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Old 06-16-2018, 03:46 PM
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Usually politicians seek political advantage from the extreme protection of children. The effort to derive political advantage from the wanton abuse of children is a refreshing change.
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Old 06-16-2018, 03:56 PM
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I may be wrong, but as I recall, Republicans control both houses of Congress and the Presidency. If there really is a law causing problems, they could change it.
Ahhhh, but Trump and Republicans now admit that without 60 guaranteed votes in the Senate, then they "don't" have a majority. Pot, kettle, black
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Old 06-16-2018, 04:02 PM
Chisquirrel Chisquirrel is online now
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Yeah, but what they'll do is load a bunch of other crap in like $25B for the border fence.
Paul Ryan already put together a bill that includes funding for the wall, eliminates tearing children from their families, fixes DACA, and cuts down on legal migration (because that's a brillliant way to stop illegal immigration, letmetellya). Other Republicans are dragging their feet, saying the issue "needs more study" on border security and such. As support for the bill doesn't satisfy the Pedophile Hastert Rule, Republicans won't bring it to the floor yet.
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Old 06-16-2018, 04:33 PM
Urbanredneck Urbanredneck is offline
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So what are we supposed to do? I am reading most immigrants arrive with children, even if they are not theirs, because they think they will get automatic asylum.
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Old 06-16-2018, 05:06 PM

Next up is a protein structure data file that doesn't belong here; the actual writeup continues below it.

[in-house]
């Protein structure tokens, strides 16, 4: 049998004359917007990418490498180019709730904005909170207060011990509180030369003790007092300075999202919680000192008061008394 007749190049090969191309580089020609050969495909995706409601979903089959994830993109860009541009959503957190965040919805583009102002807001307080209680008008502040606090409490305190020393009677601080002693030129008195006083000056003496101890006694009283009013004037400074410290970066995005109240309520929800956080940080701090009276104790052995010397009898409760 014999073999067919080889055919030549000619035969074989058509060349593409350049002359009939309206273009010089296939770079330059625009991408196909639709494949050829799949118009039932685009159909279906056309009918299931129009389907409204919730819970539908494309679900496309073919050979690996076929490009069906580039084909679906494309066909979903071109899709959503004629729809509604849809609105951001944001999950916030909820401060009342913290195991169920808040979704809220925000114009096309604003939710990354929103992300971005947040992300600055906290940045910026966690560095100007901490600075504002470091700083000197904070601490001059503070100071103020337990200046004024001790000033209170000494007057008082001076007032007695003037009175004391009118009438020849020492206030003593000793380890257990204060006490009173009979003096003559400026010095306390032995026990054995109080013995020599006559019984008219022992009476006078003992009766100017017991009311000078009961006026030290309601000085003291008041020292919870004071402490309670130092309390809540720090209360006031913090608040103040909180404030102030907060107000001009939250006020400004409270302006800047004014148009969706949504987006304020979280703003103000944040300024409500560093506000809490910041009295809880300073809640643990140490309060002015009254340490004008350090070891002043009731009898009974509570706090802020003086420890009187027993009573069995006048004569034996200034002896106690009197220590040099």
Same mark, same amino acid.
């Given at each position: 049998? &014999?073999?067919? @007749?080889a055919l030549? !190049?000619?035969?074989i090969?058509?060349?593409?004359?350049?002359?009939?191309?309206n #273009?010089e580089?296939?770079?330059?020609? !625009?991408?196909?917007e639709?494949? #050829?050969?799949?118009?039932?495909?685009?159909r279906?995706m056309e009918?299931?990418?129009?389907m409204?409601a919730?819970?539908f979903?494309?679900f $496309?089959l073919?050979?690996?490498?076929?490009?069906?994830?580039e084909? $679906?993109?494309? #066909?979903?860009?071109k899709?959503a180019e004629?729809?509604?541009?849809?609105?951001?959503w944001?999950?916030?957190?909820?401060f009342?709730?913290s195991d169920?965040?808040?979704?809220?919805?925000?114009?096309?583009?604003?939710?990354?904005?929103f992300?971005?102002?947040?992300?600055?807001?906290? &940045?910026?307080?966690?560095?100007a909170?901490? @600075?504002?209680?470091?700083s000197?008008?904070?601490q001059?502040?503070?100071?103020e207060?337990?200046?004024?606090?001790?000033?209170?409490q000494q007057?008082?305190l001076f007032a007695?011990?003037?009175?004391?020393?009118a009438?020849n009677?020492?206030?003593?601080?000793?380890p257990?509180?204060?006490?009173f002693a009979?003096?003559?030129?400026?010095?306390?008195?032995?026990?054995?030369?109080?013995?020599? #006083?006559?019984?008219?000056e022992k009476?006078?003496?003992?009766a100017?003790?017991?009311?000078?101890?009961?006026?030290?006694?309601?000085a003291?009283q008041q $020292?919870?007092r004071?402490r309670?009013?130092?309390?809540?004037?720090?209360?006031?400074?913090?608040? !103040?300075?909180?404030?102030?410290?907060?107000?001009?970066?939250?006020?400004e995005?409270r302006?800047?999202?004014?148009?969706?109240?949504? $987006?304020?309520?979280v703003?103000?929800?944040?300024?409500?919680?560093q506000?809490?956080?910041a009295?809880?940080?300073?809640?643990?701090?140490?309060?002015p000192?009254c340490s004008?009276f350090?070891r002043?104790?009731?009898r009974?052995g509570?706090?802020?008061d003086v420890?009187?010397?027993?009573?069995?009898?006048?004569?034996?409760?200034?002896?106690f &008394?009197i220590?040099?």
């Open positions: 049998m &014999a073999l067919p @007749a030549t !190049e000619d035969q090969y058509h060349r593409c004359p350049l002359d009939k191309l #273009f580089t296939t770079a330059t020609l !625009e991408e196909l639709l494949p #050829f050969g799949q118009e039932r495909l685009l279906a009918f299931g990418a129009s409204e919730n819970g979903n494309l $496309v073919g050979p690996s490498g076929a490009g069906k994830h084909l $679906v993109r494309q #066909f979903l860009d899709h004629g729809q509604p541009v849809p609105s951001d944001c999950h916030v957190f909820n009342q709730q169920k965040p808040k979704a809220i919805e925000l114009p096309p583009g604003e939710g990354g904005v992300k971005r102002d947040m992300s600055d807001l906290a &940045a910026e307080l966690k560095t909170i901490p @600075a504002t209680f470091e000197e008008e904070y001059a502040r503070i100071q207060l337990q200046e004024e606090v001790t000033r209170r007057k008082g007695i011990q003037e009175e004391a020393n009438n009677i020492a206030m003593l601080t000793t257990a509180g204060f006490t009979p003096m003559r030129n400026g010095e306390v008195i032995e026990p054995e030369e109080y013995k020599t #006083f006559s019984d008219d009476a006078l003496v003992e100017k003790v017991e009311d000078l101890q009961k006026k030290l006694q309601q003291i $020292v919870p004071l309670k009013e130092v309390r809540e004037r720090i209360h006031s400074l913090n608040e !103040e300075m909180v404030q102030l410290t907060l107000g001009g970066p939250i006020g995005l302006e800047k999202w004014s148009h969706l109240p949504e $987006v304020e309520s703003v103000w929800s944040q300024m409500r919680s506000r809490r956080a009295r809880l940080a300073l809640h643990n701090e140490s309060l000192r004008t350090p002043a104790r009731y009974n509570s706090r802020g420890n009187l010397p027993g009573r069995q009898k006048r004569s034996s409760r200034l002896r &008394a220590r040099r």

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So what are we supposed to do? I am reading most immigrants arrive with children, even if they are not theirs, because they think they will get automatic asylum.
Where on earth are you reading that nonsense?
.
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Old 06-16-2018, 05:11 PM
Chisquirrel Chisquirrel is online now
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So what are we supposed to do? I am reading most immigrants arrive with children, even if they are not theirs, because they think they will get automatic asylum.
Keep families together while they await a decision on asylum? Is that something incredibly difficult to do or comprehend?


"We" are building tent cities for children, stripped from their families (sometimes literally from their mother's arms), in the South, in the middle of summer. I'm generally against human rights violations, are you?
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Old 06-16-2018, 05:21 PM
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So what are we supposed to do? I am reading most immigrants arrive with children, even if they are not theirs, because they think they will get automatic asylum.
Stop reading white supremacist news.